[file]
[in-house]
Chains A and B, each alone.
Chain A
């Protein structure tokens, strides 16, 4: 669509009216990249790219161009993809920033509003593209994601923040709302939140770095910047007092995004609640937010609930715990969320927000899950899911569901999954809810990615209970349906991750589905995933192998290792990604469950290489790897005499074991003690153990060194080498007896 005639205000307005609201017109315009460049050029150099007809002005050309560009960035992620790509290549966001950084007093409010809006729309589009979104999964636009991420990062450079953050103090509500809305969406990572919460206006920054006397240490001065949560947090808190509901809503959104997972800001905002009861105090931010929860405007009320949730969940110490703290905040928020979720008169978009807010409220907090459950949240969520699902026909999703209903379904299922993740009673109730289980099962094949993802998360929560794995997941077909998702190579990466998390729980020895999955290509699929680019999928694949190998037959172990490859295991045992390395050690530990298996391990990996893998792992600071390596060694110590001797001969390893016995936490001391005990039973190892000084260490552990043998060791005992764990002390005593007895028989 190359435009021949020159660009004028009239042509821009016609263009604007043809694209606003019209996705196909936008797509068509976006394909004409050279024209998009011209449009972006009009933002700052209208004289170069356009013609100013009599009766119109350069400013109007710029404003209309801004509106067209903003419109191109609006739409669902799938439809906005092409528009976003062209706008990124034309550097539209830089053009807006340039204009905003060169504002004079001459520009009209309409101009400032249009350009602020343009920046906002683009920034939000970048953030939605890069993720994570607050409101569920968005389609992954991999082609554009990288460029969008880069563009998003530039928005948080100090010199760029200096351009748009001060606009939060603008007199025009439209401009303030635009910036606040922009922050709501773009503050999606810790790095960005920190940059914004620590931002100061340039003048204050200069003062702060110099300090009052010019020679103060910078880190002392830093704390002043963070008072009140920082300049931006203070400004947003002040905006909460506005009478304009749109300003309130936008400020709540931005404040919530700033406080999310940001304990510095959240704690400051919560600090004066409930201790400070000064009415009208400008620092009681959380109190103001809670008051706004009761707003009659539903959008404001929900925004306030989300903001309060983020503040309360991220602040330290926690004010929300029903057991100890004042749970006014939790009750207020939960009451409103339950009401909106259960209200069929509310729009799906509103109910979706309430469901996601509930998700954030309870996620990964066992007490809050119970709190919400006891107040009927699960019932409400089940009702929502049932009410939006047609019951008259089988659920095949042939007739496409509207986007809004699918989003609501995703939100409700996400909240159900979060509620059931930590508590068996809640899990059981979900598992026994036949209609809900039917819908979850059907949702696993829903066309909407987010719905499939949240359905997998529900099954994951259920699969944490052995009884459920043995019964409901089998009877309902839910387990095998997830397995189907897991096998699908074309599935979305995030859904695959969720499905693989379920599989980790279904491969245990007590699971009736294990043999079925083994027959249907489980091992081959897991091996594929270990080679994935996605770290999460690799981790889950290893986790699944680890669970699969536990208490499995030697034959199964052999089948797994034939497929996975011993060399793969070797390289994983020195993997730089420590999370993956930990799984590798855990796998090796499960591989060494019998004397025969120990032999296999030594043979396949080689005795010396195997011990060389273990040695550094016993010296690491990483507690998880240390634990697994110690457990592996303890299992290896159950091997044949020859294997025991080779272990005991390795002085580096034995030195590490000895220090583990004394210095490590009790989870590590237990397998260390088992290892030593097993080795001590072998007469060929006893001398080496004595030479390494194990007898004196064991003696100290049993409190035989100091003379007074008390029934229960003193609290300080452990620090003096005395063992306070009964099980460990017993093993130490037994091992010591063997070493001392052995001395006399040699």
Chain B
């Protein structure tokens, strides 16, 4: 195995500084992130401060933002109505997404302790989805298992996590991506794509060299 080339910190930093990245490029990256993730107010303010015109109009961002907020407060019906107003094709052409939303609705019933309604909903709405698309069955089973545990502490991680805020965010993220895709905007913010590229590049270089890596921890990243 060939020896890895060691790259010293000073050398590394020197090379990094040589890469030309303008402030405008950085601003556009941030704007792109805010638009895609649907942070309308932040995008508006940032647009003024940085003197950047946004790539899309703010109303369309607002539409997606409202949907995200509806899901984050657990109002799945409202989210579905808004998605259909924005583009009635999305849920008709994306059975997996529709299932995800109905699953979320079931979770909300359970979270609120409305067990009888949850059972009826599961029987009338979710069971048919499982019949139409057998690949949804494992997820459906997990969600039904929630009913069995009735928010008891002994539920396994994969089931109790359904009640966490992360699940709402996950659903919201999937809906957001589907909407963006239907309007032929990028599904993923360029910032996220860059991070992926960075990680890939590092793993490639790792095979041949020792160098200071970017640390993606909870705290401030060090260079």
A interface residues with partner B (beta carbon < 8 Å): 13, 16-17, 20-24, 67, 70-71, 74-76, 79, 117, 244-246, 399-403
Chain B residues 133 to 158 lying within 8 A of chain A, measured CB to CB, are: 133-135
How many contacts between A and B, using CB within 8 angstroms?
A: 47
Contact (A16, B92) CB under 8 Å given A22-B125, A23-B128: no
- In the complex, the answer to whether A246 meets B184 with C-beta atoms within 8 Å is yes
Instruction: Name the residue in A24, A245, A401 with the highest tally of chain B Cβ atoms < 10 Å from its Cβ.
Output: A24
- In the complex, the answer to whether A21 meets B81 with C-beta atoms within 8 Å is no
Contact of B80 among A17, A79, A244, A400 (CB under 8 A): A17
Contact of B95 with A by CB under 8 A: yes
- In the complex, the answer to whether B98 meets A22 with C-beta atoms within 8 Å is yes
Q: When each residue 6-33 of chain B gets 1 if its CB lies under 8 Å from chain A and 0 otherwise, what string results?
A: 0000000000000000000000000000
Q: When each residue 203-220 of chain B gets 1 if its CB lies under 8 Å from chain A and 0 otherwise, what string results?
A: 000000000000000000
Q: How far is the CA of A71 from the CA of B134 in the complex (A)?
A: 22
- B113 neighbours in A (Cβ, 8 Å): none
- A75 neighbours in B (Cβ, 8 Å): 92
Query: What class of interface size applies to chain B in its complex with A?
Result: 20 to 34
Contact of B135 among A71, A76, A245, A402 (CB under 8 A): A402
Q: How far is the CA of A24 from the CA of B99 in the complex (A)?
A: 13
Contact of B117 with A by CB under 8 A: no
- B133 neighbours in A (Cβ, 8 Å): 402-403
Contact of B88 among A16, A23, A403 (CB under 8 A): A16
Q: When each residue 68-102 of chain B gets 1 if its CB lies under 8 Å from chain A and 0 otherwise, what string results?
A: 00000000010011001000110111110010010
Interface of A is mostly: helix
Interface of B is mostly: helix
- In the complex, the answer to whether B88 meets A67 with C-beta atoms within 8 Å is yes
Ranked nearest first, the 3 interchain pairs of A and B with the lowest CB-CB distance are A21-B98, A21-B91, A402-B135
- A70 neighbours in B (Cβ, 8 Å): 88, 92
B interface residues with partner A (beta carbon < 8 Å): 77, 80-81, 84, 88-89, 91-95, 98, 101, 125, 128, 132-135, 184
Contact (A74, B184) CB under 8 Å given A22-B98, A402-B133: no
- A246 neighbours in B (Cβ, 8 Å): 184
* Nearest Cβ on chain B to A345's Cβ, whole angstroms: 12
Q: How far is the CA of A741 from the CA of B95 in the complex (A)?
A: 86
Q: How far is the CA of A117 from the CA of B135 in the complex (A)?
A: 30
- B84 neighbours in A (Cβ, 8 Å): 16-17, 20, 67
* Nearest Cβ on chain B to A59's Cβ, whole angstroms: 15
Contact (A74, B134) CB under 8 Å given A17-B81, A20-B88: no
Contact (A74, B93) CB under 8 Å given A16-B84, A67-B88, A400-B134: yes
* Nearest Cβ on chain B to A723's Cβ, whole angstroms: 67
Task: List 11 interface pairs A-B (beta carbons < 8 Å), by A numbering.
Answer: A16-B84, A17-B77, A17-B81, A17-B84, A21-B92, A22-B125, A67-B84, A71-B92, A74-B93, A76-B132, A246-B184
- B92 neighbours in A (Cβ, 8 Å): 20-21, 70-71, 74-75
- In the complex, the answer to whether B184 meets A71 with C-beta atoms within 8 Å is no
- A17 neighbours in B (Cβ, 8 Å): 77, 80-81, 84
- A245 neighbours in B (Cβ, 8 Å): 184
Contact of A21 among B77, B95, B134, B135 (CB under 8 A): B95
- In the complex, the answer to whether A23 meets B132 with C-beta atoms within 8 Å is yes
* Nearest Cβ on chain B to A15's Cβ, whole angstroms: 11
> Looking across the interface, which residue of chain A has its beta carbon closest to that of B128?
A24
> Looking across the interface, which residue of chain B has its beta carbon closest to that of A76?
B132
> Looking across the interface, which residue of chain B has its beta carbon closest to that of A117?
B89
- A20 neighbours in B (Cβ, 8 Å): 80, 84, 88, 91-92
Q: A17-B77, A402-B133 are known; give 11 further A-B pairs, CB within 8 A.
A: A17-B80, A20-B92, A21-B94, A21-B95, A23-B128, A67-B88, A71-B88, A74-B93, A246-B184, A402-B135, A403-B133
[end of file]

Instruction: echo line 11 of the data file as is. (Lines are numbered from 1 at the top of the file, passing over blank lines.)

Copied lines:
Contact (A16, B92) CB under 8 Å given A22-B125, A23-B128: no